A combination immunosuppressive therapy of cyclosporin A with everolimus may be an effective treatment for pediatric patients undergoing to organ transplants. These are the results of a study recently published in the journal International Immunopharmacology, titled “Effects of mTOR and calcineurin inhibitors combined therapy in Epstein–Barr virus positive and negative Burkitt lymphoma cells”.
Post-transplant lymphoproliferative disorder (PTLD) is a severe complication occurring in patients who receive solid organ transplant and is associated with increased levels of morbidity and mortality. Pediatric patients are at a particularly higher risk than adults. Recent studies have reported an increased incidence of Burkitt lymphoma (an aggressive, rapidly proliferating B-cell lymphoma), which is highly associated with Epstein–Barr virus (EBV) infections in pediatric patients diagnosed with PTLD.
The mammalian target of rapamycin (mTOR) pathway regulates key aspects of cell survival, including cell growth, cell proliferation, and cell motility, and has been previously suggested as an anti-tumor target. Inhibiting mTOR may influence tumor growth, particularly lymphoma’s progression after pediatric transplantation. A new immunosuppressive treatment based on calcineurin inhibitor was also shown to reduce acute rejection and improve survival after solid organ transplantation.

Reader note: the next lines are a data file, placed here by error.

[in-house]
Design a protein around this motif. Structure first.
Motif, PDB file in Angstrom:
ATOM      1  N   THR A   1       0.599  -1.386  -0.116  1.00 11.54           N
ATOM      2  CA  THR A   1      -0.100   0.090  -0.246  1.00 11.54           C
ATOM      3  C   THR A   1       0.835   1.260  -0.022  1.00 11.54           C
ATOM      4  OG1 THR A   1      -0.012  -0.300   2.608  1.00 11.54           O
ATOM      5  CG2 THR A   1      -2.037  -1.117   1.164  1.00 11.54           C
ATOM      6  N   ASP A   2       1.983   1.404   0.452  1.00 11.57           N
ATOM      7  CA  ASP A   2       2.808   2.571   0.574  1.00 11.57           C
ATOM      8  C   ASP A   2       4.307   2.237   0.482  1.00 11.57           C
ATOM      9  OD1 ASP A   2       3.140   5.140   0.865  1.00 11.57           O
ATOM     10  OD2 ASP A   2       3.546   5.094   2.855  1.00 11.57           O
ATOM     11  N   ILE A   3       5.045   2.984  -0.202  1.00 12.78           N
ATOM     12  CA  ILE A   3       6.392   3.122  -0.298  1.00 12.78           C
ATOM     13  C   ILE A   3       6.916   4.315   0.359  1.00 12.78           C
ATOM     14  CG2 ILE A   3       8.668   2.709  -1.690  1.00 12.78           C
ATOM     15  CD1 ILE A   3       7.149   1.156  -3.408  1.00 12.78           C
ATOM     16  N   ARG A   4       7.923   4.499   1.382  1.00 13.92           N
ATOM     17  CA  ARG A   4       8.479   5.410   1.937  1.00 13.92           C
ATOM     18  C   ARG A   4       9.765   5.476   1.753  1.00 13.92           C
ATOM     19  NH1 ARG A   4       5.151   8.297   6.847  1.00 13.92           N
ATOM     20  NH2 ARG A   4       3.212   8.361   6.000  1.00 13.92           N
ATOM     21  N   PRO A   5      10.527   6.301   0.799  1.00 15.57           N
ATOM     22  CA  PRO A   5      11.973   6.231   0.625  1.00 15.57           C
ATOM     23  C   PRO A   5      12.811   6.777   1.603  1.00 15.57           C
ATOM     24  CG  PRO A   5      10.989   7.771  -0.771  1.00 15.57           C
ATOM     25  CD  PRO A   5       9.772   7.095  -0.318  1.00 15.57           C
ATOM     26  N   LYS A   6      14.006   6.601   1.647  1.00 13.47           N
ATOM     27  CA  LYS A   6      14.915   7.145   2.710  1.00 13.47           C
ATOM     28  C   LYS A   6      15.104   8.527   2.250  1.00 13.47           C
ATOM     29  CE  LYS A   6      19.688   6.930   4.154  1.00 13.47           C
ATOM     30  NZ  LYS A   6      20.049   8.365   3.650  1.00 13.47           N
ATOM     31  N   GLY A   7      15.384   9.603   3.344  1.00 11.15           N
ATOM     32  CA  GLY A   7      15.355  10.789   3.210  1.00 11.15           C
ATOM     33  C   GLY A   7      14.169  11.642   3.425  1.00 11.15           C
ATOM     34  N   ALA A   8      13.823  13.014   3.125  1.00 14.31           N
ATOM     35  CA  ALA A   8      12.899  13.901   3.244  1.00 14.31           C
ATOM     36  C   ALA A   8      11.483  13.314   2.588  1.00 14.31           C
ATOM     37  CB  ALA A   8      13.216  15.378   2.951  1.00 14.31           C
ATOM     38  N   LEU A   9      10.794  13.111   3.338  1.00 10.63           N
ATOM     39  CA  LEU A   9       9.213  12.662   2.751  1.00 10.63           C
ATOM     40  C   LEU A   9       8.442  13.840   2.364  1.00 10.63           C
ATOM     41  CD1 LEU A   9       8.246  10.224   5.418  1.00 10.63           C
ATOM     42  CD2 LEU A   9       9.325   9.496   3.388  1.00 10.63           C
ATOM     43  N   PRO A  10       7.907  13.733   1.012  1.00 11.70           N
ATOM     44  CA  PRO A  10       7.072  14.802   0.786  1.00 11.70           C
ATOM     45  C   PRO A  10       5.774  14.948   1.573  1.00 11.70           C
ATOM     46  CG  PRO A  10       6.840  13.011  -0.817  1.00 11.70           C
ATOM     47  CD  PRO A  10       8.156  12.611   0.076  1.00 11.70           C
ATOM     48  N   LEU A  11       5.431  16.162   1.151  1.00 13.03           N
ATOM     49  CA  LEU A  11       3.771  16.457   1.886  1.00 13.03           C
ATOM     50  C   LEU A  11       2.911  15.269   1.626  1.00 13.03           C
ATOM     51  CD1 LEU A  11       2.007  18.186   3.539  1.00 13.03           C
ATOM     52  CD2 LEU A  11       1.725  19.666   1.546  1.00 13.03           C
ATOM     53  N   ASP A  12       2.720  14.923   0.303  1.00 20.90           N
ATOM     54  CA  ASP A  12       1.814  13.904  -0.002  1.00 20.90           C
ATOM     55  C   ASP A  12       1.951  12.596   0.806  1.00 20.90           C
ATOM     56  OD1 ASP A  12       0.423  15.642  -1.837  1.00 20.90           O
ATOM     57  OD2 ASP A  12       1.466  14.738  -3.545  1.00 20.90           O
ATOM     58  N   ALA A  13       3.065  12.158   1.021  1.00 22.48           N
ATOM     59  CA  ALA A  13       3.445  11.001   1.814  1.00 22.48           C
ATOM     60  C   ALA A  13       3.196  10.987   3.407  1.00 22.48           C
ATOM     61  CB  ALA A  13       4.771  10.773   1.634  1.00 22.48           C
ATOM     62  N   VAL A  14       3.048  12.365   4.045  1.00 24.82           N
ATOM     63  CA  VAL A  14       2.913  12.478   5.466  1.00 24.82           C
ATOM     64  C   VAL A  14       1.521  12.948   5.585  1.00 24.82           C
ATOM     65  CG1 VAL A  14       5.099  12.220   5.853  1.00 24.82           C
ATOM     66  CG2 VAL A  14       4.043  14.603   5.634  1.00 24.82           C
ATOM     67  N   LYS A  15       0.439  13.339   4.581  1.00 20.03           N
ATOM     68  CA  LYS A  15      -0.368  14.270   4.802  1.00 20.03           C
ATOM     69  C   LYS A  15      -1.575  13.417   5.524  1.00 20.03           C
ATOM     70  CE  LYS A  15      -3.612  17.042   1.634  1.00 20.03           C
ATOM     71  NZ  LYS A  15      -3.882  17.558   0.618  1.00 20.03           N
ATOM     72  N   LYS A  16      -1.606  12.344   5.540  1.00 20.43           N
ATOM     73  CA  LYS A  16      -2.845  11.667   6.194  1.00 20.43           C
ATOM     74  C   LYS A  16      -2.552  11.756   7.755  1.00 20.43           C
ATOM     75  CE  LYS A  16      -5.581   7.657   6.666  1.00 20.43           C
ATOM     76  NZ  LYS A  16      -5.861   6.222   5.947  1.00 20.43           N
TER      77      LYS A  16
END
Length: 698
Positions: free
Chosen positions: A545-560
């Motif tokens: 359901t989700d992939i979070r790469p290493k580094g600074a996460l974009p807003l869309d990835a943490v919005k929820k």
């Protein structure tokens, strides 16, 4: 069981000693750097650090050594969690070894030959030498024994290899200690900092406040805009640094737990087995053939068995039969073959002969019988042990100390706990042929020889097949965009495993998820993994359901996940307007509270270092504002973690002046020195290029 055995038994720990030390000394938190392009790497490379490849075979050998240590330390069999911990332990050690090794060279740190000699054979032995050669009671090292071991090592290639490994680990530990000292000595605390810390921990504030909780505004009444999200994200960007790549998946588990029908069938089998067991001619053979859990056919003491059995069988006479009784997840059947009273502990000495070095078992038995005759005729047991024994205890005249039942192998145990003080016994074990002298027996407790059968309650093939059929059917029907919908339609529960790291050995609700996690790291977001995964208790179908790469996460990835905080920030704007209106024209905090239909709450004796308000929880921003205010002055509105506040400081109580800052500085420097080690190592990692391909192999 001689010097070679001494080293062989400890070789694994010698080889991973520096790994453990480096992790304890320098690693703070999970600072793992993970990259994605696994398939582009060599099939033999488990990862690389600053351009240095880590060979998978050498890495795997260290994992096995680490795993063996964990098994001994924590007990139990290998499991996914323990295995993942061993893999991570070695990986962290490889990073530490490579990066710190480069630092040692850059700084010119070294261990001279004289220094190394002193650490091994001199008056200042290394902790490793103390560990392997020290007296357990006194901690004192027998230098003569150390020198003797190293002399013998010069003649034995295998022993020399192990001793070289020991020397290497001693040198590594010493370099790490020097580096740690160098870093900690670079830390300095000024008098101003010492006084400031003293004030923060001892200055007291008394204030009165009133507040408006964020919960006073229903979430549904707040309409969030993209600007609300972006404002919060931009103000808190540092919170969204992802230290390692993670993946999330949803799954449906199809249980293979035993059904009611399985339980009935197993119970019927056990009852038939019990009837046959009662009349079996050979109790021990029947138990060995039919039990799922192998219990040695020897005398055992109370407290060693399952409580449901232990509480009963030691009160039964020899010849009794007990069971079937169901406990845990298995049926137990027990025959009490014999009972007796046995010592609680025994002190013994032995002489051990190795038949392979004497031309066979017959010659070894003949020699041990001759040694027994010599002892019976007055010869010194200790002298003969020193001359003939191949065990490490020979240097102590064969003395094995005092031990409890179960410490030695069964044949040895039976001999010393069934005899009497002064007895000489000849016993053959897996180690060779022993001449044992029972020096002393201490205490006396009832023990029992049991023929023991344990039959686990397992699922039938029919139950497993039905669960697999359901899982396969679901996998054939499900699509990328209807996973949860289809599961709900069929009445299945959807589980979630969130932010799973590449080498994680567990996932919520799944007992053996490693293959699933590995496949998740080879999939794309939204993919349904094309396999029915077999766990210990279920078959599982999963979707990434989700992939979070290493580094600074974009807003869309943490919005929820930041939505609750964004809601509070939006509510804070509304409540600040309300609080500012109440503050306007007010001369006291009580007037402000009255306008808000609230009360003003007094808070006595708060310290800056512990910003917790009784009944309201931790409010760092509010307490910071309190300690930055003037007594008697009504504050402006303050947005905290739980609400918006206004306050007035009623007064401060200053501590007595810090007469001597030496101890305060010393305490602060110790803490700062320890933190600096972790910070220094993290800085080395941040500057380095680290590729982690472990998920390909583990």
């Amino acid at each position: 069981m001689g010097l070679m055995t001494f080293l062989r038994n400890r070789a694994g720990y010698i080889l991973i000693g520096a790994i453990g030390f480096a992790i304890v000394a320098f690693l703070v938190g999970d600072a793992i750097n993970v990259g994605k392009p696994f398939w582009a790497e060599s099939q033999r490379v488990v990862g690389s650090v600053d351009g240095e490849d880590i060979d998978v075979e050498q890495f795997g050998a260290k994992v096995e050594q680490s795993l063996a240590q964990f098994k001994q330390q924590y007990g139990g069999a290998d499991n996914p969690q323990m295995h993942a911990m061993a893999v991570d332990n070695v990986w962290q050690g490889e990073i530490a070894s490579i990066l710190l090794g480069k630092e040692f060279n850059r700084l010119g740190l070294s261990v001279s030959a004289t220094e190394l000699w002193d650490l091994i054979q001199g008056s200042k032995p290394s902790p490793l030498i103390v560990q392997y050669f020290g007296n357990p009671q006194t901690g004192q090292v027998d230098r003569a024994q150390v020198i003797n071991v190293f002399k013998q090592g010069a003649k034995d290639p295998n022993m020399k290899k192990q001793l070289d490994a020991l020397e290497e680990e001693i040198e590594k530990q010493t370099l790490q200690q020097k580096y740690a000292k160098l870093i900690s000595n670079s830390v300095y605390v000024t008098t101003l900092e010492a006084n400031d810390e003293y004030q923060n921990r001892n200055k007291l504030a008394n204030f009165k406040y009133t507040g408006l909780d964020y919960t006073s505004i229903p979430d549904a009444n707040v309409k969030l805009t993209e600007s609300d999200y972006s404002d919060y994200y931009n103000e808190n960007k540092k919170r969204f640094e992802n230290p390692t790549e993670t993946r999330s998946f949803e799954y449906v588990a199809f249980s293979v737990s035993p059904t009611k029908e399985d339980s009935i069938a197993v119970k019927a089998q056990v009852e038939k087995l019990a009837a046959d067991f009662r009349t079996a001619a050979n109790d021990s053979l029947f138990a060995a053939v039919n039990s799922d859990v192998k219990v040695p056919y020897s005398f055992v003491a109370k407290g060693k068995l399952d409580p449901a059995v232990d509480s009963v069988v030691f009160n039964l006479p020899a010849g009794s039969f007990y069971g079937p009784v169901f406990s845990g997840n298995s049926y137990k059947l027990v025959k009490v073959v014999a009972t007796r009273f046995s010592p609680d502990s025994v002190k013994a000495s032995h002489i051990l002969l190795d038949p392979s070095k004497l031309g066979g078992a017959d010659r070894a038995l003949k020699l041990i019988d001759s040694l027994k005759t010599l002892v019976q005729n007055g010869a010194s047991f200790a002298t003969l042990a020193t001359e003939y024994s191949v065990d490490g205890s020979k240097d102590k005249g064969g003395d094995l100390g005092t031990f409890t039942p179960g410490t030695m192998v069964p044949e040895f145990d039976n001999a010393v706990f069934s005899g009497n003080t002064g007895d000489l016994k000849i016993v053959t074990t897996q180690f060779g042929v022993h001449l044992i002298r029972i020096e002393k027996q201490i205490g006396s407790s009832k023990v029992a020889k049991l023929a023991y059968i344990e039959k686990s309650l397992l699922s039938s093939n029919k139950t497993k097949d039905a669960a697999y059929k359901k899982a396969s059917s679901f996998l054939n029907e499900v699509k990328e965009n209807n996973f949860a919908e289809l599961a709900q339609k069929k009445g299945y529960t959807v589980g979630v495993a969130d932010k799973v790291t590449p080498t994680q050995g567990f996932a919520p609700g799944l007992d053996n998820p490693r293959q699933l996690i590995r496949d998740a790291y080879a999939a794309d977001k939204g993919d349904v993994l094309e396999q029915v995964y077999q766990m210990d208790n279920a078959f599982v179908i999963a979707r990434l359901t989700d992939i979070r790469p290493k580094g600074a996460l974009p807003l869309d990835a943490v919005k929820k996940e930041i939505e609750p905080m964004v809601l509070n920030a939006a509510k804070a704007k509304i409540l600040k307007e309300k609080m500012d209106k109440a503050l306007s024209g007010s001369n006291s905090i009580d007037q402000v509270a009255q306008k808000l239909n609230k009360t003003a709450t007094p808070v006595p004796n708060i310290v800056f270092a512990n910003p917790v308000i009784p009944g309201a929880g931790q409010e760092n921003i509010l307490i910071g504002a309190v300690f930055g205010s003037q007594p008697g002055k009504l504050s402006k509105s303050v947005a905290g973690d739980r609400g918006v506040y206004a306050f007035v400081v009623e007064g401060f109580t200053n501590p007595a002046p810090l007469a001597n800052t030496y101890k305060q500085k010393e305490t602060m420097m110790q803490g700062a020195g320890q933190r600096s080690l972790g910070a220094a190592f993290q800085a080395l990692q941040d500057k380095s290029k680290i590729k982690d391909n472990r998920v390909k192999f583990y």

In this study, a team of researchers investigated the effects of combining this immunosuppressive therapy on Burkitt lymphoma cells, treating Epstein–Barr virus positive and negative human Burkitt lymphoma-derived cells with everolimus (an mTOR inhibitor) alone or combined with the immunosuppressive calcineurin inhibitors, tacrolimus or cyclosporin A. The team observed that while treatment with the mTOR inhibitor resulted in a significant reduction in Burkitt lymphoma cell proliferation (and their mitochondria metabolic activity, another parameter analyzed) the combined treatment — everolimus with cyclosporin A — induced an even stronger suppressive phenotype in Epstein–Barr virus negative but not in Epstein–Barr virus positive cells (the in vitro model for BL-PTLD with EBV infection). Combination treatment with the second immunosuppressive calcineurin inhibitor, tacrolimus, completely abolished everolimus’ suppressive effects.
Because there is an increased risk for PTLD in pediatric solid organ transplant recipients, choosing the right immunosuppressive therapy is extremely important. These findings suggest that combining tacrolimus and everolimus is not an efficient immunosuppression therapy in PTLD pediatric patients, because of the competitive effect between the drugs. The calcineurin inhibitor cyclosporin A combined with everolimus is a preferred therapy, although additional studies (particularly in vivo) are required to confirm these preliminary findings.